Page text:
Our curriculum prioritizes teaching you how to:
- Tell your story to persuade and motivate others
- Recruit and retain volunteers
- Structure your team of leaders for growth
- Strategize and choose tactics that build power and move decision makers
- Fundraise, go viral on social media, and more!
This model comes from Marshall Ganz, a Harvard professor who codified much of this relationship-building organizational framework after years of organizing with and researching social movements. He began organizing with the Civil Rights movement, worked with the United Farm Workers in the 1960s and 70s, and advised many unions, non-profits, and political organizations for decades. He was a key trainer and organizing strategist behind the Obama U.S. presidential campaigns of 2008 and 2012.
It was during the Obama campaigns that Ganz and literally millions of fellow organizers built on best practices and techniques of community organizing. Ganz codified these practices based on past movements, and the training programme he developed was critical to Obama’s victory in the 2008 election. Our lead trainers have taken Professor Ganz’s course and continue working with him to continually improve how we teach the curriculum.
5 key practices
Community organizing is all about people, power, and change – it starts with people and relationships, is focused on shifting power, and aims to create lasting change.
Organizing people to build the power to make change is based on the mastery of five key leadership practices:
1. Telling stories that connect to the heart
To break habits, you need to tap into sources of hope and empathy, and tell stories that show how people overcome a challenge they are facing. Storytelling communicates emotional content. We teach story-telling so people can know why you are doing what you are doing; we teach this by coaching students to tell their stories of self, us, and now. Students leave able to communicate what drove them to work on a cause, why their people must come together, and why their community must act now.
Example of Public Narrative from Child Care Decent Work Campaign
2. Building relationships
To sustain a movement you need relationships, and that takes commitment. Moreover, relationships allow you to coach new volunteers until they become leaders and are recruiting new members to your cause as well. We teach how to effectively recruit volunteers, maintain deepening relationships with them to secure commitment, and give them the courage to take on increasingly important roles in supporting your work. We teach a coaching model so new members are not just supported, but learn how to reflect on their contributions and continually grow their capacity.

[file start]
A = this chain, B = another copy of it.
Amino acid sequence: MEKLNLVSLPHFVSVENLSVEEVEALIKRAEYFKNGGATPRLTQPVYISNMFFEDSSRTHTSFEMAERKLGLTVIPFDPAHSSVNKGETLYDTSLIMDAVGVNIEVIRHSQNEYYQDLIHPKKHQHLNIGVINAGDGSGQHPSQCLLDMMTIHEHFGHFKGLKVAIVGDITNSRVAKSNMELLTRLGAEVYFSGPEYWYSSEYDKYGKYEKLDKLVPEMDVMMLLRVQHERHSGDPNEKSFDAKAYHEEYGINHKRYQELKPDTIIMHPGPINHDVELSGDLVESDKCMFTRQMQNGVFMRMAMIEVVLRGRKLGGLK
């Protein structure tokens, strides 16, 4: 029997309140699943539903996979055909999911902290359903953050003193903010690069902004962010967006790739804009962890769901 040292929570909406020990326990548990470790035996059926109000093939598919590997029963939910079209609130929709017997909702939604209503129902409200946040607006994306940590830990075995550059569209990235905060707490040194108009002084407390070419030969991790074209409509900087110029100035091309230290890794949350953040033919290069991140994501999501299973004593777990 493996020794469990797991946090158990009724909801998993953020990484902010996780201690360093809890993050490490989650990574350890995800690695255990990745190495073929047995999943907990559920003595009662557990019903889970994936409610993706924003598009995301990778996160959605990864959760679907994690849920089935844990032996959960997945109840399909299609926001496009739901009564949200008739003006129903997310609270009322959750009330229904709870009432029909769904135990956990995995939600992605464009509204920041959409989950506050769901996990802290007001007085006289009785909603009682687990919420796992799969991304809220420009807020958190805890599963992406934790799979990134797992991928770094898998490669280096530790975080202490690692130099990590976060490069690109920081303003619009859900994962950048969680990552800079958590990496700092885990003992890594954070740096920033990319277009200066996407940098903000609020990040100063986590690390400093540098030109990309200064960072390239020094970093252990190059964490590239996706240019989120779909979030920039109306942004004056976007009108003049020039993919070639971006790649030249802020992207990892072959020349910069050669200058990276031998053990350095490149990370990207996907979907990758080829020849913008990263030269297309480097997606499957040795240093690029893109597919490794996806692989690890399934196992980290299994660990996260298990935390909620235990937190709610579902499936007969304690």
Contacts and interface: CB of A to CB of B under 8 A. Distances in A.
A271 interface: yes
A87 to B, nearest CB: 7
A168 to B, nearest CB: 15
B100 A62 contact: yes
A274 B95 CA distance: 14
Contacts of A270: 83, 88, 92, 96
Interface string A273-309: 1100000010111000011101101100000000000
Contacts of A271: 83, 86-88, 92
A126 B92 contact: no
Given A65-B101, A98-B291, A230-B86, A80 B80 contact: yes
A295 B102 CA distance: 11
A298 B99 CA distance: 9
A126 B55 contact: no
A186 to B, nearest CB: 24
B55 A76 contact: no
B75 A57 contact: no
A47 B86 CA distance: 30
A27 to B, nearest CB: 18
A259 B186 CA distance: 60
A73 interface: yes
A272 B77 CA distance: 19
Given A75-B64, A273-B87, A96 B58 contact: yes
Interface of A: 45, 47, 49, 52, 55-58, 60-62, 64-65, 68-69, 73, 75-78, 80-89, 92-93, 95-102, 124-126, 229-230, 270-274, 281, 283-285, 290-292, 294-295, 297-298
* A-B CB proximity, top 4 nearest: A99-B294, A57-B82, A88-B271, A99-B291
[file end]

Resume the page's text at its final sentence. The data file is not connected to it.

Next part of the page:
How can I use what I have, to do what I need, to get what I want? Everyone strategizes every day. But there are proven ways to implement campaigns that increase engagement, continually build capacity, and choose tactics that best accomplish your goals - and that’s what we teach. Furthermore, our curriculum teaches you how to scan the social environment of your cause and plan how to move the most important actors to support you.
4. Creating a structure that cultivates leadership
Leadership is no longer about the ‘alpha’ leader, but about being part of a team where we are all leaders. But without structure, there is no space for creativity and imagination. A distributed leadership structure is like a snowflake— you need to ask how people will honour commitments, and who is responsible for providing leadership for the different parts. Then you create opportunities for people to grow their leadership skills within the work.
5. Moving your people to action
The capstone component of our curriculum is moving people to take action after you have told your story, fostered relationships, and have structured your team so that it’s ready to grow. We teach what techniques catapult your community to do specific tasks, and feel they are supported and growing in the process.
To date, we have trained over 2000 aspiring organizers with projects striving to change the status quo of governance practices, LGBTQ advocacy, environmental justice, labour rights, social planning, immigration practices among many other causes. We host large events for people of all levels of progress in their projects as well as personalized smaller workshops for your organization or team. Please visit our Contact Us page to inquire about setting up a training or being a part of our movement.
We also teach:
Making Government Work for you: This training teaches students how to meet with elected officials. By learning how legislation is developed and understanding elected officials' priorities, students will finish prepared to meet with their politicians, and get the most out of those meetings.
Communication and Media Campaign Planning: This training by Patrick Gossage teaches students how to integrate media with their organizing initiatives. By understanding how media can amplifying organizing objectives at different moments in your campaign timeline, students finish this training with a better understanding of how more effectively tell their organizing story to the media at the right moments.
Social Media: Do you know how your Twitter audience differs from your Facebook audience? How well do you understand how digital algorithms guarantee that some posts will do better than others? This training teaches students how to use social media as impactfully as possible when organizing.
Strategic Mentorship: DVP Olivia Chow has given organizations strategic advice about how to organize as effectively as possible as part of their campaigns.